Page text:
This Internet thing we all use seems pretty durable but is apparently a pretty fragile thing, susceptible to viruses and all sorts of problems. At least, that’s true in the strange but visually lush world of Ralph Breaks the Internet. Ralph (voiced by John C. Reilly) is a lovable lunk of a guy, the antagonist from an old school video game who we first met in the 2012 animated Wreck-It Ralph.
This newer installment opens with Ralph and Vanellope (voice of Sarah Silverman) as best friends. Ralph is content with the monotony of their daily life in the video arcade: going through the motions in their respective arcade games, then after hours hanging out with other retro video game characters either in the electrical power strip (a sort of Penn Station for the video game set) or swigging root beers at Tapper’s. Vanellope, however, is bored, bored, bored and wants to find new adventures.
When the steering wheel for Vanellope’s game Sugar Rush breaks, the arcade owner plans on retiring the game: There’s only one replacement steering wheel available for this old game and it’s hundreds of dollars on eBay. Rather than have her game vanish and, presumably, Vanellope vanish, Ralph decides he’s going to head off into the great unknown of The Internet, find eBay, buy the steering wheel and have it shipped to the arcade directly. Our hero!
Of course, 80’s video game characters heading into the modern Internet is an obvious mismatch and their travails and adventures definitely prove amusing. Where things get much better, however, is when they encounter the tough racer gal Shank (voice of Gal Gadot). She’s like a grown up, big sister version of Vanellope: they’re both car racers, but Shank’s game is Slaughter Race where she’s driving through a scary urban landscape in a souped up racecar. Vanellope drives a candy car and Sugar Rush, well, it’s definitely not that sort of a game.
To win the steering wheel auction on eBay, Ralph and Vanellope need to earn money and the only way they can do so quickly is by creating viral videos that get millions of likes on a YouTube clone. Helping them achieve that goal is the lithe Yesss (voice of Taraji P. Henson), head of the video network.
To be honest, there’s not really that much of a story here, but I really enjoyed Ralph Breaks the Internet anyway, because of the extraordinary imaginations of the writers and animators. For example, at one point Vanellope heads into the Oh My Disney zone and suddenly there are Muppets, Iron Man, Star Wars storm troopers, R2D2 and a lot of princesses fulfilling children’s dreams. Cloying. But then Vanellope finds herself backstage with the princesses in an utterly hilarious scene that will have you reconsidering just how wholesome the Disney team is nowadays. The raw cynicism towards “classic” Disney stories alone is worth the cost of the movie ticket. A superb scene, no question.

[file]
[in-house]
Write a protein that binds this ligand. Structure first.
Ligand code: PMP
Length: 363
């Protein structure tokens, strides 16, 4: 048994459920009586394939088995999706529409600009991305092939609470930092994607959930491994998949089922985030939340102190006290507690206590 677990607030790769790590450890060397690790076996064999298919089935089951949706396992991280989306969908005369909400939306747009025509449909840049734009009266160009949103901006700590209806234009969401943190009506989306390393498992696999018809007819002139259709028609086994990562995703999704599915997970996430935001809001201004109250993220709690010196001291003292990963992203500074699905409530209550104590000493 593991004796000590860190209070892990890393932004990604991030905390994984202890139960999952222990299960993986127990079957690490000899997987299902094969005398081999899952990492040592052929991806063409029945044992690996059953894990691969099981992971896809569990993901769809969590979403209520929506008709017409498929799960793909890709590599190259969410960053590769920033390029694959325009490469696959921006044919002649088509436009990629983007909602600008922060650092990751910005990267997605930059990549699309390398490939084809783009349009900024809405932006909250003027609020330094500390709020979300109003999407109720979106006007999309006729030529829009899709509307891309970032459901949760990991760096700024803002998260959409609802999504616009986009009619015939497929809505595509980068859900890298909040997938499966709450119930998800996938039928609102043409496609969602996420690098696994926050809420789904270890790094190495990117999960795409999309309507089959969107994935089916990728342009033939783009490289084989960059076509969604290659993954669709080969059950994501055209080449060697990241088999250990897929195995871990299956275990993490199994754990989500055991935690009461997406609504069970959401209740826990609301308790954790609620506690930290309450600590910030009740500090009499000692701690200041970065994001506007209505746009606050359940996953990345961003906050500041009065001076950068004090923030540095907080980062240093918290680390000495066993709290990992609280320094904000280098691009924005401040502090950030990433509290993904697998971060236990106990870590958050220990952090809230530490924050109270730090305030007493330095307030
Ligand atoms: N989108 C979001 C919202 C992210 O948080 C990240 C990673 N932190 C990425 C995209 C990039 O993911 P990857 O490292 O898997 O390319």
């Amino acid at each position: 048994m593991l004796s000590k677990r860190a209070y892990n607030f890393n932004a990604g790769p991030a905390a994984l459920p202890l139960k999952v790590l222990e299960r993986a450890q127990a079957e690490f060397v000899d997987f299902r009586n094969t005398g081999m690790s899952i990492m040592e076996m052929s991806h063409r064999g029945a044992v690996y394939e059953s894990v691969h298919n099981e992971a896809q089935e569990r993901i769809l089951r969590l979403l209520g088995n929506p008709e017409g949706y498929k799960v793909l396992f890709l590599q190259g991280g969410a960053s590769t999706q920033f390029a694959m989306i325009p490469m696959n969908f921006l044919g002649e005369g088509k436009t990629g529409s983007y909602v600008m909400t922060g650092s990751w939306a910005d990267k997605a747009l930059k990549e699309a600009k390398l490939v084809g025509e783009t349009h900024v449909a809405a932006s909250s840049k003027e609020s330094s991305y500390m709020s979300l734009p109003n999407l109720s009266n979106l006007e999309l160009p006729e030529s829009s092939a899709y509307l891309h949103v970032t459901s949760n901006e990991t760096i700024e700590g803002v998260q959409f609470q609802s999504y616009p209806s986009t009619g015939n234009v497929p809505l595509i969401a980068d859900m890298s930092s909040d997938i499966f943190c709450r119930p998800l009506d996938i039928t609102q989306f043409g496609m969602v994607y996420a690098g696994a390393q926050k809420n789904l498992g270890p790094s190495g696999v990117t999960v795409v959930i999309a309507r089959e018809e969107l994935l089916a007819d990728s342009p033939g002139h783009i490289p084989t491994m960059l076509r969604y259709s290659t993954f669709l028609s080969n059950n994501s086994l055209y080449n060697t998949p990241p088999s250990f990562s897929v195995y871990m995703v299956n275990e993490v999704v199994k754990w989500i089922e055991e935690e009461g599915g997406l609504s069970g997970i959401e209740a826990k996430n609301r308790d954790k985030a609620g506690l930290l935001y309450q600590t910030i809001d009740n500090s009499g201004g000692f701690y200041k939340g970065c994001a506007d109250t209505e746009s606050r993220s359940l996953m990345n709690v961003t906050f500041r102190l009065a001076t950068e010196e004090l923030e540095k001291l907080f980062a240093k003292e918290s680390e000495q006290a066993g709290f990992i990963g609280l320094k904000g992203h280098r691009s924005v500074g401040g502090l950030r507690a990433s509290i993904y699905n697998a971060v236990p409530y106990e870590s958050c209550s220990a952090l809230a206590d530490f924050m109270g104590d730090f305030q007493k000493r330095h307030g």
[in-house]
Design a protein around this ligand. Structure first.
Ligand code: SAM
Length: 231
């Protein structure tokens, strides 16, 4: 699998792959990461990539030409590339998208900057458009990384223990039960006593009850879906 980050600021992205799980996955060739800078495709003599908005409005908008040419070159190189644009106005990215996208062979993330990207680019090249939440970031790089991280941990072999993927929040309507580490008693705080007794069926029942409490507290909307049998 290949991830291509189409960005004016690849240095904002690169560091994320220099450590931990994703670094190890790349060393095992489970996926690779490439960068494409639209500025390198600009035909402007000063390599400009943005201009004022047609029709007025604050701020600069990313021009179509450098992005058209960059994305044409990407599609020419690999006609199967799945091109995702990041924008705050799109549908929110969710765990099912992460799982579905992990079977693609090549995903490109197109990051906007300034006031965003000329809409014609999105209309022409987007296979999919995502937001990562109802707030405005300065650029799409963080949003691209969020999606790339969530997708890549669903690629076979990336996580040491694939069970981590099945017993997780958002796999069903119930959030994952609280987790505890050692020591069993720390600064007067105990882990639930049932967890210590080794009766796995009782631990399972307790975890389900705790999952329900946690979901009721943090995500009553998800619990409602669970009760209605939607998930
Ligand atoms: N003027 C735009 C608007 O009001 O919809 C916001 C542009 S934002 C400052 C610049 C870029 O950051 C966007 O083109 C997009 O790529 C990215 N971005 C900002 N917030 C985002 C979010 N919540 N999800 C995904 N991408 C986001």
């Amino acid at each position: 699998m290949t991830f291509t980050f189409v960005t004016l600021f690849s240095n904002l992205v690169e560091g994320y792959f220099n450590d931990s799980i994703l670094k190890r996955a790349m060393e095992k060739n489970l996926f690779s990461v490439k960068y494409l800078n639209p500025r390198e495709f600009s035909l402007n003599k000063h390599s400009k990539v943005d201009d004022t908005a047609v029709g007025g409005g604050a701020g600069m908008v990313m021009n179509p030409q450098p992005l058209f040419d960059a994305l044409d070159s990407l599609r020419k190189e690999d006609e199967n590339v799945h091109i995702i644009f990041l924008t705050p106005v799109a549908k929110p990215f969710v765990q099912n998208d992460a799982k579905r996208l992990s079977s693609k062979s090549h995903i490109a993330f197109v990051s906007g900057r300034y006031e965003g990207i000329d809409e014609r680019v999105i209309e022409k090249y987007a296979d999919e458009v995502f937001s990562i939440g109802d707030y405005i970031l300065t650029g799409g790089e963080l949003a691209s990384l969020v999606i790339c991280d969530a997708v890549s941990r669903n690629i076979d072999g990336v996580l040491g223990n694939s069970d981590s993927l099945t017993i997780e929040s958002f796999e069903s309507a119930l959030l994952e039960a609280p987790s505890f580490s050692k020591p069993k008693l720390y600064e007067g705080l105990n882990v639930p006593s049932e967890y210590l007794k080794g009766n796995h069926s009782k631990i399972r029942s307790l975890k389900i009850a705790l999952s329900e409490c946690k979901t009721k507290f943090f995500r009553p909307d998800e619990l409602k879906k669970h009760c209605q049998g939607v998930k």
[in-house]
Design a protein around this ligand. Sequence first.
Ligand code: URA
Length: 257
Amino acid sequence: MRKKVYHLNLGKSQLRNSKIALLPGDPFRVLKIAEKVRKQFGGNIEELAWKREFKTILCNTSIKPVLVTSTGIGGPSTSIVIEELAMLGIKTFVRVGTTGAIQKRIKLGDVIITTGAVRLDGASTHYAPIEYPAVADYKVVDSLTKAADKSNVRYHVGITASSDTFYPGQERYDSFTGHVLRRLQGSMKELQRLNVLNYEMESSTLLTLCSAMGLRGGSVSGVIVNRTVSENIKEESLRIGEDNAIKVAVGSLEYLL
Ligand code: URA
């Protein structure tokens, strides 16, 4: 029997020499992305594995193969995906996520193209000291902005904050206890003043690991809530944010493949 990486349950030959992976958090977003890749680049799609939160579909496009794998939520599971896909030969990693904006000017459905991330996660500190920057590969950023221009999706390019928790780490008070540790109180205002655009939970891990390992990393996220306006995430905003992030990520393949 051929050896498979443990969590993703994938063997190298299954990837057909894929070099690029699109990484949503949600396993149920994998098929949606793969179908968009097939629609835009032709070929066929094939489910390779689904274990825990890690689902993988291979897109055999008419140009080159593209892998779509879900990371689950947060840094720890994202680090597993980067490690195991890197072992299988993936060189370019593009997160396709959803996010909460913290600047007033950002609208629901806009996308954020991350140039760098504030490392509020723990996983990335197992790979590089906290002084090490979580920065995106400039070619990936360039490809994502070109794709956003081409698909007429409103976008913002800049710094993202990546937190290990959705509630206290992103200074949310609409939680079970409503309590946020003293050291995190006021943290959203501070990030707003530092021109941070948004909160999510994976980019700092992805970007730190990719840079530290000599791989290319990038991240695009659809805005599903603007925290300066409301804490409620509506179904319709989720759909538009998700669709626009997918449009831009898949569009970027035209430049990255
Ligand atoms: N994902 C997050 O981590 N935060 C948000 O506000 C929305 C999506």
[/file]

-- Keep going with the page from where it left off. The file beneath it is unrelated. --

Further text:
Where the film has a surprising misstep, however, is when Ralph unleashes a virus on the Internet (hence the title). The virus starts by duplicating Ralph so that there are waves of Ralphs pouring through windows, down roads, over cars, etc. That was a troubling image, but when the clone-Ralphs pile on top of each other to create a monsterous super-Ralph, it’s darn creepy. Because you can still see each individual Ralph, the effect is akin to a maggot-infested piece of meat. Definitely not what Disney Animation was aiming for with the image. Fortunately this is just a few minutes in an otherwise delightful film, but it’s hard to imagine what the animators were thinking at this point in the visual design.
Otherwise, the visuals are fun and inventive, Ralph Breaks the Internet keeps up a brisk pace with the story, and while it’s aimed at the tween set or thereabouts, parents will get a lot of chuckles out of the dry snark of the Internet portrayal. In particular, the Dark Web and the insidious plague of pop-up ads are both quite entertaining. But really, I’ll watch this movie again just to get the behind-the-scenes with the Disney princesses scene. It’s that brilliant.
Note: There’s a mid-credit scene that you’ll want to stay and watch. It’s darn funny.
But then Vanellope finds herself backstage with the princesses in an utterly hilarious scene that will have you reconsidering just how wholesome the Disney team is nowadays.
Disney is programming your daughters along social justice lines. I hope you are doing some appropriate counter programming.
Unless, of course, I agree with what you disparagingly refer to as “social justice lines” because diversity is important and inclusion is important and respect for others is important too. Just saying…